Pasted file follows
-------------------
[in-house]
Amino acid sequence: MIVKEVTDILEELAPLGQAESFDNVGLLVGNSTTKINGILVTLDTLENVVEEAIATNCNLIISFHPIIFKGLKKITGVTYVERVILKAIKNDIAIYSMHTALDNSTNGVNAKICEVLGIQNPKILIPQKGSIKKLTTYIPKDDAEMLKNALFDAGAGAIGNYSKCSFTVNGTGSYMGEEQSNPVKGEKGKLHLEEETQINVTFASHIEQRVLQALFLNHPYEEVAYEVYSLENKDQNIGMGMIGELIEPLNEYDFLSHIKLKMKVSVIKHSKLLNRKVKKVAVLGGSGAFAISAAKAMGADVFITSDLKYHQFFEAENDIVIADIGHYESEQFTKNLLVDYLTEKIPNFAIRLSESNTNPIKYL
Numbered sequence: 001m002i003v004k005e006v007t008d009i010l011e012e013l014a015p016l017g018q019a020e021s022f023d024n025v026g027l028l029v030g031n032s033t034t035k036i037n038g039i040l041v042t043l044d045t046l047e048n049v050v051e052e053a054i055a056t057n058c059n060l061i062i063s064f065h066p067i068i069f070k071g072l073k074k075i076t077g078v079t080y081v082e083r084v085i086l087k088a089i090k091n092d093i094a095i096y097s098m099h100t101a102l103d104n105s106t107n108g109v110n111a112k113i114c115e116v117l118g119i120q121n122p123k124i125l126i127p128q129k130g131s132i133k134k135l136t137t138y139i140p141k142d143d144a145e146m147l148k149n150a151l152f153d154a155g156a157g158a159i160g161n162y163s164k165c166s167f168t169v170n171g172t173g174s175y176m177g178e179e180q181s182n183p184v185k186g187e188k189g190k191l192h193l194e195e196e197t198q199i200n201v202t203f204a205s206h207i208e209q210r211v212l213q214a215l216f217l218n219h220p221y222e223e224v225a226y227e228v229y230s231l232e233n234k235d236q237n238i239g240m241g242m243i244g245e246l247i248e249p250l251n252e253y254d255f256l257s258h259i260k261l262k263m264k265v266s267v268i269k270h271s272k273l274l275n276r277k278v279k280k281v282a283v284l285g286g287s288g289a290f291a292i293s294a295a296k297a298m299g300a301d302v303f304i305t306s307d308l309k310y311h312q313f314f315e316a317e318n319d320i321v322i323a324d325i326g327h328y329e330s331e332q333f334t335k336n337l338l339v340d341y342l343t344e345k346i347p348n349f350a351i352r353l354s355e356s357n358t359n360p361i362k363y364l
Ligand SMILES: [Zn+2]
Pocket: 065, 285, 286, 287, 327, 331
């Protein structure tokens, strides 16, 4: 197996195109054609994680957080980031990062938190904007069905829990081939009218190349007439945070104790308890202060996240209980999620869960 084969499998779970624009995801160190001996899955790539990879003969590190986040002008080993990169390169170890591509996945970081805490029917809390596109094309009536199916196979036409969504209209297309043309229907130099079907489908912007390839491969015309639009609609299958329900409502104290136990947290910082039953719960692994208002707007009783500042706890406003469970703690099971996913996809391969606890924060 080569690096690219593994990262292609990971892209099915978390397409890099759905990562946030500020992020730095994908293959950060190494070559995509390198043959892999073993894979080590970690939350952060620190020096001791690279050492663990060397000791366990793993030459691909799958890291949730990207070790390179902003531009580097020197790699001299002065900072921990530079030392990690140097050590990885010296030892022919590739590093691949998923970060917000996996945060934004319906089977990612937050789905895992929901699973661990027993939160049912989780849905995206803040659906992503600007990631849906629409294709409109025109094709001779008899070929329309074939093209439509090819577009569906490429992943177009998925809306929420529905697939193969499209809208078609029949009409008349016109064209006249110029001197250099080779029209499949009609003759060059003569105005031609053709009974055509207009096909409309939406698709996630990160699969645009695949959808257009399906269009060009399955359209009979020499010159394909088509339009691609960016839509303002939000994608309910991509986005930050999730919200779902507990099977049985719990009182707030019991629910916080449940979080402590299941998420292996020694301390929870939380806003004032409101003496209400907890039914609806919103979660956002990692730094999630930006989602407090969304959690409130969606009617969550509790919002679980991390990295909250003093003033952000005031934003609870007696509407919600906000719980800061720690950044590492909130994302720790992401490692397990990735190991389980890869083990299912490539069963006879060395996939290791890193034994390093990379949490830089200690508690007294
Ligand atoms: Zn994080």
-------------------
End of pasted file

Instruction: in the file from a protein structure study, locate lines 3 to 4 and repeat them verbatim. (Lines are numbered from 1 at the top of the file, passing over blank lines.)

Numbered sequence: 001m002i003v004k005e006v007t008d009i010l011e012e013l014a015p016l017g018q019a020e021s022f023d024n025v026g027l028l029v030g031n032s033t034t035k036i037n038g039i040l041v042t043l044d045t046l047e048n049v050v051e052e053a054i055a056t057n058c059n060l061i062i063s064f065h066p067i068i069f070k071g072l073k074k075i076t077g078v079t080y081v082e083r084v085i086l087k088a089i090k091n092d093i094a095i096y097s098m099h100t101a102l103d104n105s106t107n108g109v110n111a112k113i114c115e116v117l118g119i120q121n122p123k124i125l126i127p128q129k130g131s132i133k134k135l136t137t138y139i140p141k142d143d144a145e146m147l148k149n150a151l152f153d154a155g156a157g158a159i160g161n162y163s164k165c166s167f168t169v170n171g172t173g174s175y176m177g178e179e180q181s182n183p184v185k186g187e188k189g190k191l192h193l194e195e196e197t198q199i200n201v202t203f204a205s206h207i208e209q210r211v212l213q214a215l216f217l218n219h220p221y222e223e224v225a226y227e228v229y230s231l232e233n234k235d236q237n238i239g240m241g242m243i244g245e246l247i248e249p250l251n252e253y254d255f256l257s258h259i260k261l262k263m264k265v266s267v268i269k270h271s272k273l274l275n276r277k278v279k280k281v282a283v284l285g286g287s288g289a290f291a292i293s294a295a296k297a298m299g300a301d302v303f304i305t306s307d308l309k310y311h312q313f314f315e316a317e318n319d320i321v322i323a324d325i326g327h328y329e330s331e332q333f334t335k336n337l338l339v340d341y342l343t344e345k346i347p348n349f350a351i352r353l354s355e356s357n358t359n360p361i362k363y364l
Ligand SMILES: [Zn+2]